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Consultations, Funding and legal aid, Immigration and asylum, Ombuds and reviewers, Prisons/detention centres, Scotland, UK Parliament, Wales, What's new

What’s new in administrative justice, July 2016

whatsnewParliament

The House of Commons has debated the issue of courts and tribunals fees. The debate followed publication by the Justice Committee of a report looking at the impact of recent changes. The Committee concluded that it is not objectionable in principle for users of the courts to pay a contribution towards operating costs, but that care should be taken to ensure that the amount charged is acceptable for the jurisdiction and type of case. It also recommended that the Government should review the impact of existing changes before introducing new charges or further increases.

The Justice Committee has also published a report on the appointment of the Chair of the Judicial Appointments Committee, endorsing the appointment of Lord Kakkar.

The Committee on Standards has published its First Report of Session 2016-17. The Committee upheld a complaint that the former shadow solicitor general Karl Turner had failed to declare that his wife worked for a law firm bidding for legal aid contracts when asking parliamentary questions about legal aid contracts.

The Home Affairs Committee has published a report on the College of Policing, which criticised the “alarming lack of consistency” in the way different forces implement the Code of Ethics.

The Government has published a Higher Education and Research Bill which would introduce a range of measures aimed at increasing competition and choice in the higher education sector and raising standards and capabilities in UK research. The House of Commons Library has published a briefing paper.

The Deputy First Minister has indicated to the Scottish Parliament that implementation of the named person scheme under the Children and Young People (Scotland) Act 2014 has been delayed. The scheme, which would involve all children being assigned a “named person” such as a teacher or health visitor to facilitate access to advice and services, had been due to come into force in August. However, it has been the subject of a legal challenge on the basis, among other things, that it constitutes a breach of the Article 8 right to private and family life. The Supreme Court’s judgment is currently pending.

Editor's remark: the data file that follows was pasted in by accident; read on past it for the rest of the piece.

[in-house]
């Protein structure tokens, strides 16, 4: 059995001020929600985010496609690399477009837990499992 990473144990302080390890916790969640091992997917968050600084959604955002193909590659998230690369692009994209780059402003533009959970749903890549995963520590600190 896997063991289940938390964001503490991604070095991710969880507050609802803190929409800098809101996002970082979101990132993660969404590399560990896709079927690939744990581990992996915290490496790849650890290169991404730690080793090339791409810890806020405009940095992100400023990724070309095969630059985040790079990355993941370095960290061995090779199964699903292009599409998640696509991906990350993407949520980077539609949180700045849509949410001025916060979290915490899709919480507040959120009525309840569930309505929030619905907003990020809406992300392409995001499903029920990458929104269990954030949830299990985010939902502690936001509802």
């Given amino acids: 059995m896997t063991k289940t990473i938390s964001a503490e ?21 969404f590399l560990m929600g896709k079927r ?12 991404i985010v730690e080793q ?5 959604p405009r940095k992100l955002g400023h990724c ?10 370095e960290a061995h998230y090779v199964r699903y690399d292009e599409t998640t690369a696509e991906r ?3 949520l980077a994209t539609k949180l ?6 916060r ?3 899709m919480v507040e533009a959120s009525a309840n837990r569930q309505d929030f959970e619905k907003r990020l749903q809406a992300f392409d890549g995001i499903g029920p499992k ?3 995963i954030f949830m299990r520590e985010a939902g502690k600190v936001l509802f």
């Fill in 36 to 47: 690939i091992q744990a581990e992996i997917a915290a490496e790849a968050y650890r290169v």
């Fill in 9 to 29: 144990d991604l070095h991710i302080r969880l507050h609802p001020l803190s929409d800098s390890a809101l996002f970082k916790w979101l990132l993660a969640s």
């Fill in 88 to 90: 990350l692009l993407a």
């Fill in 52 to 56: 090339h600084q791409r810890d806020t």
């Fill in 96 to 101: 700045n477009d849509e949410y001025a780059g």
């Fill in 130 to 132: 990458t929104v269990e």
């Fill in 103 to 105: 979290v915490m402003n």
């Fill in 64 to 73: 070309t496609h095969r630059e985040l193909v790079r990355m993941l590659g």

The Government has published its response to the report by the House of Lords Select Committee on the Equality Act 2010 and Disability. The Select Committee’s report, published in March 2016, followed its inquiry into implementation and enforceability of the disability provisions of the Act. Campaigners, including Baroness Campbell, a member of the Select Committee, expressed her disappointment at the response. An analysis by Disability News Service of the government’s response suggests that it accepted in full only about eight of the committee’s 55 recommendations and rejected or disagreed with about 26, while partially accepting just six more. The position on the other 15 was either unclear or saw the government pass responsibility to organisations such as the Equality and Human Rights Commission.

Immigration and asylum

The Home Office has published new guidance on the treatment of pregnant women in immigration detention and on tracing family members of unaccompanied asylum seeking children.

The Home Office has also published a collection of guidance documents on the Immigration Act 2016 to coincide with the commencement of a number of provisions.

Legal aid and access to justice

The Supreme Court has handed down its judgment in a challenge to the legal aid residence test brought by the Public Law Project. The Supreme Court indicated half way through the hearing in April that it would allow the PLP’s appeal on the grounds that the proposed test was ultra vires. The test would have provided that only those who were lawfully resident in the UK at the time of the application and who had been resident for at least 12 months would be entitled to legal aid. The court concluded that the proposed test was ultra vires because LASPO did not confer a power on the Lord Chancellor to reduce the class of individuals who are entitled to receive legal aid by reference to characteristics or circumstances unrelated to the provision of legal aid (residency).

The UN Committee on Economic, Social and Cultural Rights has published its concluding observations on the sixth period report on Great Britain and Northern Ireland. The report highlights reforms to the legal aid system, the introduction of employment tribunal fees and changes to the social security system as major human rights concerns.

The General Counsel for Wales, Mick Antoniw, has given a speech in which he suggested that the UK Government’s cuts to the justice system threaten fundamental rights to access the justice system.

Ombuds